In many ways the timing couldn’t have been better. Two days after speculation began circulating on social media over whether Victoria and David Beckham were going to divorce, the couple put paid to the rumours with a show of togetherness, attending London fashion week men’s together.
As the newly anointed ambassadorial president of the British Fashion Council, David’s presence was necessary and felt. But at the private lunch and presentation of Kent & Curwen’s spring summer 2019 capsule collection – the British heritage label of which David is a brand partner – the couple arrived separately, although they stayed together. Sat either side of British Vogue editor, Edward Enninful, they ate deconstructed fish and chips, held hands, posed amiably for photographs and appeared relaxed.
Speaking briefly to the Guardian after the show, David said he was pleased with the collection – a collaboration with indie band the Stone Roses – adding that he was a huge fan of theirs and that his favourite song was I Am The Resurrection, an answer that remains open to interpretation. Victoria has attended presentations for the brand before, but this was her first appearance at a lunch. She wore a white striped kaftan dress from her pre-autumn/winter 2018 collection, while David, hair newly shorn, wore head-to-toe Kent & Curwen.
The collection itself was presented in a communal dining room filled with red roses and band posters. Overhead, songs from the band’s debut, eponymous album played. Guitarist John Squires, whose artwork appears on some of the pieces, and bass player Mani were also in attendance.
Under the creative direction of Daniel Kearns, a designer who has worked at Alexander McQueen and Louis Vuitton, the collection bridged the brand’s trad heritage style and a 90s rave aesthetic. Wide legged track pants, neoprene training tops and soft butter leather cagoules sat alongside wool jackets and collegiate-style knits. Bootcut trousers came in block colours with a permanent crease. Wide bucket hats were badged, and shirts came scrawled with school handwriting, an elevated take on youth culture. The mood was somewhere between the post-industrial wasteland of Spike Island, the venue for a legendary Stone Roses gig, and the luxe tailoring of the venerated British fashion house.
Earlier in the day, Fashion East’s MAN show took place in its spiritual home of east London. Although this showcase for three newish labels is less high profile, it remains London’s most radical show. The overall mood is closer to an art project than catwalk, which this year mixed themes of sustainability and recycling with nostalgic fancy dress.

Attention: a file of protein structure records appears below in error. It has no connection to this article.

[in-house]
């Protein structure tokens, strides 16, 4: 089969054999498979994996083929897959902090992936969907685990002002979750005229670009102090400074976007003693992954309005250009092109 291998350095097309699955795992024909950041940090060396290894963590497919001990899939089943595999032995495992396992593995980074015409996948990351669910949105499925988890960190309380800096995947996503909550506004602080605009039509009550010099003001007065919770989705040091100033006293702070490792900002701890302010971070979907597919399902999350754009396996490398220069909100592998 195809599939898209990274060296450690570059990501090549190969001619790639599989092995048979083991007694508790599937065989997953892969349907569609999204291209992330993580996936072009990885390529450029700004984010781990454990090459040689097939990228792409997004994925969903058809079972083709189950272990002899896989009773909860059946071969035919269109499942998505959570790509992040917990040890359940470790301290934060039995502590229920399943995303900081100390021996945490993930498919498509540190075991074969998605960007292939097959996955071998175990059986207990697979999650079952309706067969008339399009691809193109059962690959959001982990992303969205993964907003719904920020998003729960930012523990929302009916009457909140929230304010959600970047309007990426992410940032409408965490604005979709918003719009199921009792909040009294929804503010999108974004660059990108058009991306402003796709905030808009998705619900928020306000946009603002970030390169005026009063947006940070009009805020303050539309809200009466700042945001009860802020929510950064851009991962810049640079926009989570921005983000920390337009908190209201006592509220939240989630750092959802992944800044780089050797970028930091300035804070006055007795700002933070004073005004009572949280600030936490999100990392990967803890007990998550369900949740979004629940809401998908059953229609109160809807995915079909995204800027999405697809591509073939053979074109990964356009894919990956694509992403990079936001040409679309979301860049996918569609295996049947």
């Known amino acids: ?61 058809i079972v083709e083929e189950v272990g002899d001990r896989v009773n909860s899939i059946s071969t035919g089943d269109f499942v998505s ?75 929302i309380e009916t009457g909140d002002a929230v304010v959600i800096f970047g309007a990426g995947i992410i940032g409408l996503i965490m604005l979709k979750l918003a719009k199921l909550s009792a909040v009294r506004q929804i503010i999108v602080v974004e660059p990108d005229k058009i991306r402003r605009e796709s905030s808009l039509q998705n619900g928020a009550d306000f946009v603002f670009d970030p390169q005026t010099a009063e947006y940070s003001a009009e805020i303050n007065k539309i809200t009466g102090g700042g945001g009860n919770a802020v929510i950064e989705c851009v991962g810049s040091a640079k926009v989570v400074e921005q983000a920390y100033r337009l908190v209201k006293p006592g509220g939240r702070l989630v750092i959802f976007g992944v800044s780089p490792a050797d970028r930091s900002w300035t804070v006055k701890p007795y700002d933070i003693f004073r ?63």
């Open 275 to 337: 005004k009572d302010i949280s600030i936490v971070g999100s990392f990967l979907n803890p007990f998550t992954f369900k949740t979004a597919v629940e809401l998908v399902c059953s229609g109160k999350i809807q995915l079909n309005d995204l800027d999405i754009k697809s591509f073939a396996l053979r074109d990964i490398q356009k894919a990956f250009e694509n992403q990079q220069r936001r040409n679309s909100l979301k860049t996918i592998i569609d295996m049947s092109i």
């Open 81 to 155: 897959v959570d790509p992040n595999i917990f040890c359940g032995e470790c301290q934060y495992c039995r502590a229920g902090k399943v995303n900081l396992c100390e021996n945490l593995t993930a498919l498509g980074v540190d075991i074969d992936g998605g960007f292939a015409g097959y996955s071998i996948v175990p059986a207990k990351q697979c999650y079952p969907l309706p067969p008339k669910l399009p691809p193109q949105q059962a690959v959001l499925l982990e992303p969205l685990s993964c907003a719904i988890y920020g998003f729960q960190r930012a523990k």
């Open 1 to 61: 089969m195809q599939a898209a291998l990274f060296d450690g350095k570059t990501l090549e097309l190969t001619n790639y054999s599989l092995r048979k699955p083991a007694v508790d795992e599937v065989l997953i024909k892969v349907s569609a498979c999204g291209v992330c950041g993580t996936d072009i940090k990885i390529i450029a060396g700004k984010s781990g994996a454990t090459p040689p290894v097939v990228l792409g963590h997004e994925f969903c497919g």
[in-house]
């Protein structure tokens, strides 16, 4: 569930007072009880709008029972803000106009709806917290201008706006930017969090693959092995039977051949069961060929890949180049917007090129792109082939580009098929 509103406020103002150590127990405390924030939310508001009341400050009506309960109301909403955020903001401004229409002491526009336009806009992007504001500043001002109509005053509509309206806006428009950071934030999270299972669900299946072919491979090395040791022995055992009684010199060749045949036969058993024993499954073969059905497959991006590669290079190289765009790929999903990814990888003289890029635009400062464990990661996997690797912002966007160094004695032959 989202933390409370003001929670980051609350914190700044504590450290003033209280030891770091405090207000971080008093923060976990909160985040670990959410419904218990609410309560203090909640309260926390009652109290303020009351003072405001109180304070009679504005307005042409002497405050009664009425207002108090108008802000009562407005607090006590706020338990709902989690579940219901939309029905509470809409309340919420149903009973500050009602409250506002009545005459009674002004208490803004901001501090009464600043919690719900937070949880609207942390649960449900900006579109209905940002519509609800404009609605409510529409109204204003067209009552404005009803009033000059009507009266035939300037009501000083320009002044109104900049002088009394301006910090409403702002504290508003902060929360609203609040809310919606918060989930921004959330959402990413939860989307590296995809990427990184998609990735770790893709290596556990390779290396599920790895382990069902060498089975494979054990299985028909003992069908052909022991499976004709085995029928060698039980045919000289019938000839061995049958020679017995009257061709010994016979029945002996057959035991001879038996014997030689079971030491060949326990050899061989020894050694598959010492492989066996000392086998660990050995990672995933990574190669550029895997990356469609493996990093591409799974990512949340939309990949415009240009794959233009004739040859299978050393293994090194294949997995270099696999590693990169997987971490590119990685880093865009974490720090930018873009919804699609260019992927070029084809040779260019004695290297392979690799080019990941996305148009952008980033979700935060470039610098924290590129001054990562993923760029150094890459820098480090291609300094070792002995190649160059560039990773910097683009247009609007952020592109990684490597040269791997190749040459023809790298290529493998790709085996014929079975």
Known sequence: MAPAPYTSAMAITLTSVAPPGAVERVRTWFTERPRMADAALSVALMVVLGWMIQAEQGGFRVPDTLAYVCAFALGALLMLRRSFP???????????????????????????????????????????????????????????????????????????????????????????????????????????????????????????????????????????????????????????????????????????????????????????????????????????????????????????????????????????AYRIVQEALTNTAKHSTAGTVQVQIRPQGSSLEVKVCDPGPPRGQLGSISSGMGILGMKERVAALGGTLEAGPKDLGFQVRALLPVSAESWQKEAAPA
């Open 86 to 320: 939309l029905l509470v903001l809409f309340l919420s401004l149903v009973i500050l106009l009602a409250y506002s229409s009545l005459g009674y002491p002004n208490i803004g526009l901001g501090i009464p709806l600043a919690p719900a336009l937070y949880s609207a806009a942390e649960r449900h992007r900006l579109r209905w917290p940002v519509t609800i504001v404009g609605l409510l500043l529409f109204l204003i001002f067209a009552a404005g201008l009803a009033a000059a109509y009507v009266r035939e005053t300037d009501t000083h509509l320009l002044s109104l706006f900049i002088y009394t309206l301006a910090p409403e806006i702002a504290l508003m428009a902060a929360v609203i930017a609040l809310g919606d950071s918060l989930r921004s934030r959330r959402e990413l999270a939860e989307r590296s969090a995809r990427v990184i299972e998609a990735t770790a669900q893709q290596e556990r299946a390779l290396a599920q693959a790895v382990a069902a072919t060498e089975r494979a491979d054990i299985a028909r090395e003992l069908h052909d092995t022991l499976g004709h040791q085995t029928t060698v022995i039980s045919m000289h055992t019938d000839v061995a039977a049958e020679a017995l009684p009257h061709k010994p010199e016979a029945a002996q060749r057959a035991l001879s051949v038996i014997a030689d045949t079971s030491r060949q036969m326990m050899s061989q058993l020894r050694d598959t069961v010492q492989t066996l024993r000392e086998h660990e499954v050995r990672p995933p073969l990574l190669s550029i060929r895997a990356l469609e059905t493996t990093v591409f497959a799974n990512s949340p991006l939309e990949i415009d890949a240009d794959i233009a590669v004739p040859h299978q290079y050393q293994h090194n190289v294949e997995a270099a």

The show opened with Stefan Cooke, the newest and most conventional of the three, who graduated from Central St Martins in 2017, quickly securing various industry awards for his sound tailoring meets awkward masculine glamour. The “luxury of boredom” was his theme, with models pairing form-fitting trousers in cream, black and plaid with jackets and shirts in the style of fancy dress. Add to that, chainmail vests, ostrich feather belts and heavy use of a machine washable paper which made up tabards, shirt fronts, and bags that, in a meta twist, were printed with photographs of other bags.
Led by Eden Loweth and his partner Tom Barratt, Art School, took their well-known queer fashion practice established in the autumn/winter 2017 show and funnelled it through sequinned gowns cut wide, on the bias or loosely, doubling up as vehicles for the collective’s take on self-expression. Queer artist Dominic Myatt accessorised the models, who were mostly friends and collaborators. With a focus on non-binary fashion, they aimed to celebrate the queer form in as glamorous a way as possible.
Rottingdean Bazaar, meanwhile, not only toyed with gender norms but the concept of a fashion show altogether: the entire “collection”, which among other inanimate objects featured a globe, an ear of sweetcorn and a Christmas tree, was hired from fancy-dress shops. “It’s our last Fashion East and we wanted to do something that didn’t involve making actual clothes,” said James Theseus Buck, half of the Sussex-based brand which launched in 2015 with Luke Brooks. They sourced all the costumes in six weeks from fancy dress shops. What appears to be a comment of sustainability – “it wasn’t consciously that” he said – was more of a comment on the industry. The result was a fun, funny riotous take on new, old and – of course – what menswear is. “It’s all going back to the shops tomorrow,” he added.
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